Cherry Creek Vista Park and Recreation District owns and maintains seven tennis courts, a swimming pool, six parks, and six playgrounds. The District also maintains 2.6 miles of county rights-of-way along Havana Street, Orchard Road, and portions of Cherry Creek Drive. The District also maintains the adjacent brick privacy fence along those same rights-of-way.
Help keep our parks beautiful!
PARK AND LANDSCAPE MAINTENANCE
JBK Landscape provides landscaping services for the District. If you have any comments or concerns please do not hesitate to call JBK Landscape at 303-751-0192.
We need YOUR HELP in monitoring our parks. If you see an irrigation leak or other problem, you may also send us an email District Management at firstname.lastname@example.org
BRICK FENCE REPAIR PROJECT HAS BEEN COMPLETED!
The District has contracted with Colorado Landscape Solutions to provide repair work to the brick fence-line along the District’s right-of-ways. The repair construction project started in May and is now complete.
The major component of repair was the installation of flagstone on the top of the fence to prevent future damages to the brick and mortar. The top row of brick was removed or repaired, along with crack repairs and brick replacement, as necessary. Minor landscaping improvements was also performed along the public right-of-way.
If you have additional questions regarding this project, please contact:
Colorado Landscape Solutions Construction Contact:
On-site Construction Manager:
Cherry Creek Vista Park & Recreation District Owner’s Representative:
District Management - Circuit Rider of Colorado
Vandalism increases the cost of maintaining our parks by damaging play equipment. Graffiti is unsightly.
Talk to your kids about not committing vandalism and encourage them to report any vandalism.
If you witness vandalism or see areas that need repair, please contact Howard Buchalter.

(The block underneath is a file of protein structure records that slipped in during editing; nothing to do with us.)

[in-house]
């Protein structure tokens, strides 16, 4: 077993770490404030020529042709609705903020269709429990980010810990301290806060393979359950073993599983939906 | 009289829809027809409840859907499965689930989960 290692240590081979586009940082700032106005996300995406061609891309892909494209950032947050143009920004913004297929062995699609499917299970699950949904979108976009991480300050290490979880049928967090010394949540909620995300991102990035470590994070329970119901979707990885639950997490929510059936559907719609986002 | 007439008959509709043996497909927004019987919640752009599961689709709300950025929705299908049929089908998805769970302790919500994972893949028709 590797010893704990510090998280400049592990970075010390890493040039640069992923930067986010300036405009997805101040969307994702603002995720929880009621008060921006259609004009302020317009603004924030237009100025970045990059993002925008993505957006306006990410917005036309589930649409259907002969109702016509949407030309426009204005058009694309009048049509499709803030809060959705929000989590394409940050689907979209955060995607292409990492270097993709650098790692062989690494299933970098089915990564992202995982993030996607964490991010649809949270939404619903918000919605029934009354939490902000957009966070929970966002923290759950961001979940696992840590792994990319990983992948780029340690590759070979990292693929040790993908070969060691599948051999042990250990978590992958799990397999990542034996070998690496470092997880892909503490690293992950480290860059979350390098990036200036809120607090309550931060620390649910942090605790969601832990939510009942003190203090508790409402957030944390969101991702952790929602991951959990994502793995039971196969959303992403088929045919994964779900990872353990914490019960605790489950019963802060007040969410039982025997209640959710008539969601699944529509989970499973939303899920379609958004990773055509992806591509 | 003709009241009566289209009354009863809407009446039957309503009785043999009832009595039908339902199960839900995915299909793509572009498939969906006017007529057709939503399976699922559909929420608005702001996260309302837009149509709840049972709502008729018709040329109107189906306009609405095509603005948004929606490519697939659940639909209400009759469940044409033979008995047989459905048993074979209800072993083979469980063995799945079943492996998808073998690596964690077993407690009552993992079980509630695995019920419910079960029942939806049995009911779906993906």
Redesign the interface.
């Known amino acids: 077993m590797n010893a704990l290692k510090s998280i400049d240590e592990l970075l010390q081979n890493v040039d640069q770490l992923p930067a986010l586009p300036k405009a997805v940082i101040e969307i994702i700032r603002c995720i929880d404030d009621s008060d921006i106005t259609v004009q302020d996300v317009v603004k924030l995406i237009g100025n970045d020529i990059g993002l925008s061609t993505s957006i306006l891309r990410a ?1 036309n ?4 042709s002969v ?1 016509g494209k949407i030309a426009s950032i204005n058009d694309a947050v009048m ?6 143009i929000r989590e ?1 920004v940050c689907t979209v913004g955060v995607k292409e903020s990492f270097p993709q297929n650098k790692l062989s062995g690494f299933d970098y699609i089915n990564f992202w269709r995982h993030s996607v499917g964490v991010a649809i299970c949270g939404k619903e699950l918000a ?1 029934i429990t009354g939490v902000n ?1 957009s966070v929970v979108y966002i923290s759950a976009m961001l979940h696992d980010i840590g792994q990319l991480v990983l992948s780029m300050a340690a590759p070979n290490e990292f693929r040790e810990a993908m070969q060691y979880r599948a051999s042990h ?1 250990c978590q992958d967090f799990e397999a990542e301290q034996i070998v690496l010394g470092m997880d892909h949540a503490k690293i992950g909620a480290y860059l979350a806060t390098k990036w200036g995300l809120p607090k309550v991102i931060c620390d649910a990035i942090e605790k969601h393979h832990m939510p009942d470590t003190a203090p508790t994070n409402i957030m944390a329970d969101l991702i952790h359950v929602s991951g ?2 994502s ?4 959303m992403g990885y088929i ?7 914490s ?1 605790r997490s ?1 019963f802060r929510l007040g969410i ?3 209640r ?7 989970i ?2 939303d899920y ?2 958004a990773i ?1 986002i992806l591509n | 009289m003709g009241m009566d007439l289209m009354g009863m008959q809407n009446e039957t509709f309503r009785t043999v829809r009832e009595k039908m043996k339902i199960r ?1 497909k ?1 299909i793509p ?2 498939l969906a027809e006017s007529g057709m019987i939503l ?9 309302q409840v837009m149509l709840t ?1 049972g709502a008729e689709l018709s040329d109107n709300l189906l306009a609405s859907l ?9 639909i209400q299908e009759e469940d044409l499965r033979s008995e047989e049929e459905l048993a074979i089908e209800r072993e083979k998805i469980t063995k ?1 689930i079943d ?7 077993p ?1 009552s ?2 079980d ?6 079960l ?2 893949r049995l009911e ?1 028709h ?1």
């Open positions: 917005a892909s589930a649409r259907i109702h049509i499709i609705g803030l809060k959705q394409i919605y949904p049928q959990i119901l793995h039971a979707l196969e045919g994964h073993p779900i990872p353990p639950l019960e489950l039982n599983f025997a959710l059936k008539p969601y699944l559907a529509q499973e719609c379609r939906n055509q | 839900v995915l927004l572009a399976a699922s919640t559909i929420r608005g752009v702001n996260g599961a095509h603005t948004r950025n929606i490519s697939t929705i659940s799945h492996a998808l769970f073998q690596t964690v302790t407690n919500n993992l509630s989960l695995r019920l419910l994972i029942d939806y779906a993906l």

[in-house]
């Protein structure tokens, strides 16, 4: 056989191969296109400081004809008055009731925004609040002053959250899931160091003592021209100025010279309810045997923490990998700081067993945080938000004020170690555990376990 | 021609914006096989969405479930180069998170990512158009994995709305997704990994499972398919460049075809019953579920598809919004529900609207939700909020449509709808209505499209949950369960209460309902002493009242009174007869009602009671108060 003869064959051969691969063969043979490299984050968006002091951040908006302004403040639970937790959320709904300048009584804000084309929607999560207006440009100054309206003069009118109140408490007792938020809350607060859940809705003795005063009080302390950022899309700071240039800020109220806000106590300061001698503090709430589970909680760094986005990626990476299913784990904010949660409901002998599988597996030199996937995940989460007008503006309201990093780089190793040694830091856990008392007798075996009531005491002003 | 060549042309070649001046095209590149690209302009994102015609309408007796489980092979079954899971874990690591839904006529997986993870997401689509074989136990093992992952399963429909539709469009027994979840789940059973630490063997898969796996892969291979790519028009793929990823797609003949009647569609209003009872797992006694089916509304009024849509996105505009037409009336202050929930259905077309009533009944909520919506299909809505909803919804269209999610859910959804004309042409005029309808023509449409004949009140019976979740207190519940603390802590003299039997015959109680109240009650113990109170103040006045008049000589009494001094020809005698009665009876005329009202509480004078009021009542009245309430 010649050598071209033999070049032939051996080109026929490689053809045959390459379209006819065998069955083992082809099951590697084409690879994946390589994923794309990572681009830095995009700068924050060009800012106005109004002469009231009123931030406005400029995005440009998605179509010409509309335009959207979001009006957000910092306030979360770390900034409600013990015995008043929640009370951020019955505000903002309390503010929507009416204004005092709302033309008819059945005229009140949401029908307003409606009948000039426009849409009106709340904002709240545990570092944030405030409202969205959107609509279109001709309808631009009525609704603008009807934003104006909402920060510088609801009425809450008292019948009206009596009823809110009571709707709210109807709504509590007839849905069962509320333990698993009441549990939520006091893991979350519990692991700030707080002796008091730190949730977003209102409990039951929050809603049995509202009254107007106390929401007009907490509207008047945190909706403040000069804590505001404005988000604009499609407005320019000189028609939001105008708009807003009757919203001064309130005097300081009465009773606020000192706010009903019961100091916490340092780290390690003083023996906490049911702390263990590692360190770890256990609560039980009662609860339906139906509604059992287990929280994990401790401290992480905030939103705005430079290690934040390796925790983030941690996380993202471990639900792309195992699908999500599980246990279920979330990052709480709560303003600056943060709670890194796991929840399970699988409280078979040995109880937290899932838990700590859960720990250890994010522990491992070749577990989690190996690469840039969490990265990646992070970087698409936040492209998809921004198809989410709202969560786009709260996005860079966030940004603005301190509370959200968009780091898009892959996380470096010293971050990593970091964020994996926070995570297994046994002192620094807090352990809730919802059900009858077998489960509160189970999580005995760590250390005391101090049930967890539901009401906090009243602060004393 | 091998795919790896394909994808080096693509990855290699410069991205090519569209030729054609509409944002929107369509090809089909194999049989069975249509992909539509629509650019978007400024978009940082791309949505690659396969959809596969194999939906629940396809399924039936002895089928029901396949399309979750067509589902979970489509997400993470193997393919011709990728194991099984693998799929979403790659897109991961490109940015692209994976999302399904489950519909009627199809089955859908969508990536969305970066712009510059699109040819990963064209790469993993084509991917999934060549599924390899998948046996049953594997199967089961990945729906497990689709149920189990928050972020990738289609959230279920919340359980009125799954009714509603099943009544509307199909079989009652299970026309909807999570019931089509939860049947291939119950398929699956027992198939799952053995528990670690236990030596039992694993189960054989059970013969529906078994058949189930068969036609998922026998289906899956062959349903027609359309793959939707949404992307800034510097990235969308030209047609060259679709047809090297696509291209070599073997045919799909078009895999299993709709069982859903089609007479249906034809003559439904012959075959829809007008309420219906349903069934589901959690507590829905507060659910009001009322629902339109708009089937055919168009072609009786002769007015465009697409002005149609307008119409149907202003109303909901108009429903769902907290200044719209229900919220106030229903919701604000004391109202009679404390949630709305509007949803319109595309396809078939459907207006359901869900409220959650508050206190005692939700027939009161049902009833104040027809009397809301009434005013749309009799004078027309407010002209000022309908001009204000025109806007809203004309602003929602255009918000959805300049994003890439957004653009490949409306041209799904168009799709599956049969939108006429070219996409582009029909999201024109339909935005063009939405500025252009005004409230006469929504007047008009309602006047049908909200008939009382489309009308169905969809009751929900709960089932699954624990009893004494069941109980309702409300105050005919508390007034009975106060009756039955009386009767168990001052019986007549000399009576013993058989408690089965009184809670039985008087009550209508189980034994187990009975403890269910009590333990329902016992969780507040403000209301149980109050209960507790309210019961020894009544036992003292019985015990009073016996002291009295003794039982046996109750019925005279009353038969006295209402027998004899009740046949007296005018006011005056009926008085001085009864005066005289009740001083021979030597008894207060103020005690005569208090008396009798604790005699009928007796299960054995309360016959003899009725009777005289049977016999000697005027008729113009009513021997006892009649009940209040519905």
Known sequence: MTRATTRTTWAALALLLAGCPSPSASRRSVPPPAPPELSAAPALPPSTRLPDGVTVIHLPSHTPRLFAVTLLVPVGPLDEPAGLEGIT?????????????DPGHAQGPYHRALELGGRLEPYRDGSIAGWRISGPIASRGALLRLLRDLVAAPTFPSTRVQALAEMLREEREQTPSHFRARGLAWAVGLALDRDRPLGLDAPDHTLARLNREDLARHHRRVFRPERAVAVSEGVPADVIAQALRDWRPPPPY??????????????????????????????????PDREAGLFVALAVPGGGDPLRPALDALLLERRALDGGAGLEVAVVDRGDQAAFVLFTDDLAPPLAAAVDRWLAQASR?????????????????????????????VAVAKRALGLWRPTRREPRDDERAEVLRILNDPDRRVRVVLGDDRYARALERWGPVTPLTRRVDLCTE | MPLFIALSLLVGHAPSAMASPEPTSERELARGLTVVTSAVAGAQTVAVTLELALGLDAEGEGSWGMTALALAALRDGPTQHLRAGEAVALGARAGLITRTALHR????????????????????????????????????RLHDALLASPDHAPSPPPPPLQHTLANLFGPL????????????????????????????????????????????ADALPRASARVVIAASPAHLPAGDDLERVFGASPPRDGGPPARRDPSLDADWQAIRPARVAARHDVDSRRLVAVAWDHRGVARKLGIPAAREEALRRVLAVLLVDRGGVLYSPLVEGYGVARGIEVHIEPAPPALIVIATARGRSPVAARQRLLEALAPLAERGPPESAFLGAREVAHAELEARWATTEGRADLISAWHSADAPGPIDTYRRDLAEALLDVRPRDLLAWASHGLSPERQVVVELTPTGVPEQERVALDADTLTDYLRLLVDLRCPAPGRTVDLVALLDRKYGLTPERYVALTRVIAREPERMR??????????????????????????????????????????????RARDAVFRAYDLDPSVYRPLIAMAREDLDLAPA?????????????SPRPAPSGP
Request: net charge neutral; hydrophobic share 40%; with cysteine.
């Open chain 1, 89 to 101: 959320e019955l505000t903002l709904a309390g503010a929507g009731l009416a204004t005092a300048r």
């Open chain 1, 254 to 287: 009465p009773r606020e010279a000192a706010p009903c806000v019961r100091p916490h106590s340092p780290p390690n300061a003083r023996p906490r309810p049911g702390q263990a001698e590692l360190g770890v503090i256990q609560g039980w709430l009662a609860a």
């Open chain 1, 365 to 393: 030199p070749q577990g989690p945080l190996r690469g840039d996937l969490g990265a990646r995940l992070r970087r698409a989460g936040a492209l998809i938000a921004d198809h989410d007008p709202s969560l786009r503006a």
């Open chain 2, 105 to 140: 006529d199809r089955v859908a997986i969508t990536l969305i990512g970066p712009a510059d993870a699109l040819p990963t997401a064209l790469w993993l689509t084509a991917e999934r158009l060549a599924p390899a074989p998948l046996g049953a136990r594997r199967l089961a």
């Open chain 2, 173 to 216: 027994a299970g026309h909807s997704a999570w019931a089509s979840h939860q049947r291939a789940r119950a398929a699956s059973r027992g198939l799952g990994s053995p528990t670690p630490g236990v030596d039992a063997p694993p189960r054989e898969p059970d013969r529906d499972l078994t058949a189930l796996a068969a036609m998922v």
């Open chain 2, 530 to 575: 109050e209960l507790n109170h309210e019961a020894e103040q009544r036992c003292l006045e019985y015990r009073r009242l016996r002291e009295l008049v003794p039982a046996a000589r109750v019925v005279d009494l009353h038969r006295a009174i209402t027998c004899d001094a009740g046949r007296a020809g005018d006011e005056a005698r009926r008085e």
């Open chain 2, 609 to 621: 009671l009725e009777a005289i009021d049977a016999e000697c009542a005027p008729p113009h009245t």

All owners are required to clean up after their pets. Pet waste smells, can spread germs, and can get into the Cherry Creek Reservoir via storm drainage if not properly disposed. Pet waste is a problem for our children playing in the parks. It is a problem for landscape crews. It increases the cost of our landscape maintenance. There are waste pick-up dispensers located in each of our parks and on the south side of Orchard Road.
To report overfull containers or damages, please contact District Management or JBK Landscape.
PLEASE KEEP YOUR
Owners are also reminded to keep their pets on-leash at all times in District parks and trails for the safety and comfort of other users.
View the current tree inventory which includes existing trees as well as proposed new trees at our parks.
Please check out the significant increases to the snow plowing routes along the District's right-of-ways and park sidewalks.
Please contact JBK Landscape at 303-751-0192 if you see any areas needing attention.
Arapahoe County has plow routes on their website:
The Japanese Beetle is a very damaging insect to turf and landscape plants. Recently there have been more beetles along the Front Range that are causing a lot of damage. Adults and larvae can cause damage to landscape but the types of damage are different.
Adult beetles cause very obvious damage and are usually more of a concern. The adult beetles eat leaves, buds, and flowers of many plants. Rose flowers are more prone to damage. The larvae eat the roots of grasses which makes it harder for the grass to get water.
There are a few ways to treat Japanese Beetles. Traps are available as well as individually picking the beetles off the plants. Another effective way to treat for the beetles is to spray insecticides.
According to the article ‘Japanese Beetle’ by W. Cranshaw, “…control of Japanese beetle larvae in a yard will have very little, if any, effect on the number of Japanese beetle adults feeding on trees, shrubs, and garden plants‘. It is important to treat for both larvae and adult beetles.
Source: Cranshaw, W. “Japanese Beetle” http://extension.colostate.edu/topic-areas/insects/japanese-beetle-5-601/
Share and explore your observations from the natural environment in our parks.
Every observation can contribute to biodiversity science, from the rarest butterfly to the most common backyard weed. Your findings could be shared with scientific data repositories like the Global Biodiversity Information Facility to help scientists find and use your data. All you have to do is observe!
iNaturalist will allow you to share your observations with fellow naturalists around the globe and discuss your findings!
Click on the button below to create your iNaturalist account!
Avid bird watcher? Create an eBird account!
eBird is among the world’s largest biodiversity-related science projects, with more than 100 million bird sightings contributed annually by eBirders around the world and an average participation growth rate of approximately 20% year over year.
A collaborative enterprise with hundreds of partner organizations, thousands of regional experts, and hundreds of thousands of users, eBird is managed by the Cornell Lab of Ornithology.
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